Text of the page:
Babyphobia at Austin Pei Wei

Took the family out of town this weekend. Had to attend a wedding (wife’s friend) in Dallas on Saturday (a very lovely affair by the way). We stopped by Austin to visit a friend of mine who also got married on Saturday. While there we went out to dinner with one of my dear sisters (they both reside in Austin).

We went to Pei Wei, a subsidiary of PF Chang’s, at about 8:30 on Friday Night. There’s a Pei Wei here in Suburban Houston so we are familiar with the establishment. Needless to say, the one in Austin was empty at 8:30. It started filling up at around 9/9:15 with college students (Austin boasts the largest public university in the country, my alma mater, THE University of Texas).

During the course of dinner, our 8.5 month child awoke from his nap and was practicing for his town crier auditions. He was pretty loud and as a result I noticed several things. The college students (outside of my sister) that were there looked at us (once he started crying) like we had brought a werewolf to their fav joint.

A crying baby in the Pei Wei in suburbia is a common sight and thus largely ignored by the soccer mom patrons. In a college town setting, a crying baby is probably as popular as a confession booth (Donald Miller non-withstanding). So it shocked me to see these kids’ reaction to our crying child.

Has anyone else observed this phenomenon?

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7 Responses to Babyphobia at Austin Pei Wei

  1. Belinda says:

    I’ve had kids – now ages 29 and 26. When they were young, we went to places like Quincys and Shoneys. Now, when I go out to a nice restaurant, I don’t appreciate hearing children crying or screaming OR running all over the place.

  2. rbrown says:

    Yeah, like college students aren’t annoying and loud. “Oh my God! I got totally wasted last night!!!!!” Don’t let it bother you. I’d much rather see a baby.

  3. Belinda says:

    when I’m in a “nice” restaurant, I like a “nice” atmosphere . . . and when children are the problem, they’re really not, it’s really the parents. if you don’t know how to behave, stay home so the rest of us can enjoy.

  4. Lazaro says:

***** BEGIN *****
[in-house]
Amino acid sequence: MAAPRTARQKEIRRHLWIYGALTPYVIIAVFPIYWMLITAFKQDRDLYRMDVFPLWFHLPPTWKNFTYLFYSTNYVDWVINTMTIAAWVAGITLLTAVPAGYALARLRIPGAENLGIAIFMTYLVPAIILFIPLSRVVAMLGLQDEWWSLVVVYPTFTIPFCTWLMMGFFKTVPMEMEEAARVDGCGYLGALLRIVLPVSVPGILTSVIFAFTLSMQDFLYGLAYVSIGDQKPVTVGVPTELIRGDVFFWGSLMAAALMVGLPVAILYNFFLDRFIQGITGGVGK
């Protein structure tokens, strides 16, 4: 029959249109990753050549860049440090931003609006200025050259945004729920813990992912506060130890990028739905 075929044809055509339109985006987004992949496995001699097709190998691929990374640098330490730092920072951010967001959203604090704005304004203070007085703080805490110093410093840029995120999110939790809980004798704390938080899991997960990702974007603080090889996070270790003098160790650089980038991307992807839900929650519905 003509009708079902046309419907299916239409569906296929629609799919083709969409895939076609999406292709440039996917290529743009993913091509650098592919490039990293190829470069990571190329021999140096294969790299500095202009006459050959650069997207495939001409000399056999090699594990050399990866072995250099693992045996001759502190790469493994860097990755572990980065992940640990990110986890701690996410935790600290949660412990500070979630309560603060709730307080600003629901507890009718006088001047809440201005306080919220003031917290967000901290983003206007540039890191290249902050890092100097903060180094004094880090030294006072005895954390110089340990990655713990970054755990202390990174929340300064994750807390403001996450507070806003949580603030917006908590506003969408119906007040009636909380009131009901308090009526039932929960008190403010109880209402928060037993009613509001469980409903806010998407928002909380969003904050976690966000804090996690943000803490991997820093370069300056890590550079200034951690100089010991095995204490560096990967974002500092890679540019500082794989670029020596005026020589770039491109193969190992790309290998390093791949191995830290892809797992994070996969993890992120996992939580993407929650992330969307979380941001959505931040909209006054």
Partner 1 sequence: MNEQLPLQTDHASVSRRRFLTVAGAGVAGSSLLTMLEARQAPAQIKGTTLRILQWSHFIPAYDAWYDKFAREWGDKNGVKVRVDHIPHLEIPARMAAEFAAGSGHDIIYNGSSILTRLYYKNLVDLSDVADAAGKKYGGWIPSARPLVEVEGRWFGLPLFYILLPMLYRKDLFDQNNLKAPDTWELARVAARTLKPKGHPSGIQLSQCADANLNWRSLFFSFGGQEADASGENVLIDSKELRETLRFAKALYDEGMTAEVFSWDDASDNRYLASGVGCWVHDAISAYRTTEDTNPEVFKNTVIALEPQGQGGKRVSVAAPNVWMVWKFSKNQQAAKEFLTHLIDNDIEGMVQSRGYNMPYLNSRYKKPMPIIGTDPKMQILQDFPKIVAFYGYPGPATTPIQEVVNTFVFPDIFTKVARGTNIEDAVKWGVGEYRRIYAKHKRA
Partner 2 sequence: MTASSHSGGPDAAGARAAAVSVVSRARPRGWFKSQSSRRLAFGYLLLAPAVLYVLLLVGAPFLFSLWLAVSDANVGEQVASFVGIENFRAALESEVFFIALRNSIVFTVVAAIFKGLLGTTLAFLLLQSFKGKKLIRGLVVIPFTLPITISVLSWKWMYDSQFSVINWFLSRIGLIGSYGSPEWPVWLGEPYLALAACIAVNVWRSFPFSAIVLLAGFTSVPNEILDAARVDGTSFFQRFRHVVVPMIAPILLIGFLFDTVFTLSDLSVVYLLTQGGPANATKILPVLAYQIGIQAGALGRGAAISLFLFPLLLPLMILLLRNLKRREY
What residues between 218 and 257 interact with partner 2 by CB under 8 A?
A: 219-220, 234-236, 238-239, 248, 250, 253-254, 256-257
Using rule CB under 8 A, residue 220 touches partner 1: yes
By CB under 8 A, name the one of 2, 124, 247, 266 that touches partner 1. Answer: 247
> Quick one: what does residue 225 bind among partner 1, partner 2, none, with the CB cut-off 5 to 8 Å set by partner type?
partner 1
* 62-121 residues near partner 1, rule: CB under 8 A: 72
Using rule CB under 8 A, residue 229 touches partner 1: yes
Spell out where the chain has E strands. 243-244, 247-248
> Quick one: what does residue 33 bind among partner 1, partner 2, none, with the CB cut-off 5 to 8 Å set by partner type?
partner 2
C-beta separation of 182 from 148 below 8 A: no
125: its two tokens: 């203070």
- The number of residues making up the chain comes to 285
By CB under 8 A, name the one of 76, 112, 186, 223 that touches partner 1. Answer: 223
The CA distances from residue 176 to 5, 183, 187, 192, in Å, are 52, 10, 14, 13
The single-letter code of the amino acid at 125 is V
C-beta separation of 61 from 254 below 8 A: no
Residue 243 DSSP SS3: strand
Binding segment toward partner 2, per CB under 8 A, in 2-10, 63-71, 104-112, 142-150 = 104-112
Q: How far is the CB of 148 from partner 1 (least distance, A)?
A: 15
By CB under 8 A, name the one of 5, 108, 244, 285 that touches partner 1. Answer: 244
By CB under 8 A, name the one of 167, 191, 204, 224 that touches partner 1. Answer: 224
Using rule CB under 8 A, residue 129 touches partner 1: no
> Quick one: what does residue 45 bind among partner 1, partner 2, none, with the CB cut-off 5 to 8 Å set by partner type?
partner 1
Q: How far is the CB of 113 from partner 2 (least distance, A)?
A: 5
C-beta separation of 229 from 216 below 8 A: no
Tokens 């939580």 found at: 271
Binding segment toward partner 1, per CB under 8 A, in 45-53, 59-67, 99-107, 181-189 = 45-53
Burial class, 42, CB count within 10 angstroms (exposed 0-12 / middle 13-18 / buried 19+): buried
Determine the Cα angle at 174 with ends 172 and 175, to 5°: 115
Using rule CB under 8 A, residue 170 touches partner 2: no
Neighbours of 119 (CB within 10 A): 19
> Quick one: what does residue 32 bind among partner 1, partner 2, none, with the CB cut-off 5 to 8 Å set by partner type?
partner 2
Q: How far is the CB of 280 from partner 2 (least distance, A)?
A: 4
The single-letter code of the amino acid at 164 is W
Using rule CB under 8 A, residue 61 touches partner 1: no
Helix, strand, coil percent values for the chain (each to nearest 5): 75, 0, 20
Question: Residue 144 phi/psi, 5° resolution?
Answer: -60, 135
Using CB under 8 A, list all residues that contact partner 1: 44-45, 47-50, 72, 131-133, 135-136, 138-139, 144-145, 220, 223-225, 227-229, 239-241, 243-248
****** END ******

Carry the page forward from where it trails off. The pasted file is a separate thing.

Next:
Thank you to the both of you for your comments

    I would hardly say Pei Wei is a ‘nice’ restaurant, and our child is almost 9 months old, there’s only so much you can do at that age, no? So I guess my wife and I must be bad parents because our 9 month old cries in public?

    yes, if faced with the choice of inebriated college students and a baby, I think a baby would be my choice…

  5. rbrown says:

    Going out to dinner is a family event, and babies are part of it. If you want peace and quiet, stay home. What makes an atmosphere unpleasant is when other people (so-called “adults”) glare, pout and even yell at- (I’ve seen this before!) a family who is out eating together. So, Lazaro, I say take your baby out, even to nice restaurants and stay proud even when the baby starts to act like, well, a baby!

  6. jasonk says:

    When my middle daughter was about the same age as your baby, we were at an El Chico in Texarkana (yeah, I know). Anyway, she was crying, and a waiter walked past, and said, “put some food in that kid’s mouth, just shut her up.”
    We had a little man to man meeting, after which he graciously purchased my family’s dessert.
    Don’t sweat it. Kids are a blessing. They just get louder when they get older.

  7. insightout says:

    I recently remarked to Gabe(my husband) that Mateo(our 10 month old) was becoming a bit impossible to take out to eat. He is usually not content to sit in his car seat (meaning he pitches a loud hissy) and is so squirmy in the high chair that we’re afraid he’ll fall out. Add to that his extremely loud and constant demands for us to keep shoveling food into his mouth (never mind the fact that he ate right before we came) and I am a little annoyed at being in the restaurant with him, so I can imagine what other childless patrons might be feeling. Nobody LIKES hearing a child have a fit, not at home or anywhere. When he gets too loud or goes on for too long we do the only civil thing we know to do. We take him outside so that the remaining spouse, other members in our party, and those unfortunate enough to be seated near us can eat in relative peace. It’s also nicer for the baby too. Sometime a loud noisy place is just too much and he goes into overload. This may mean someone having to eat alone or letting a meal go cold but we know what we’re in for before we walk into the eatery. On the flip side, other patrons should not feign ignorance as to what they are walking into either. It’s a PUBLIC place, not your private dining room. It’s a gamble every time…..and the only way to guarantee 100% peace is to stay home.

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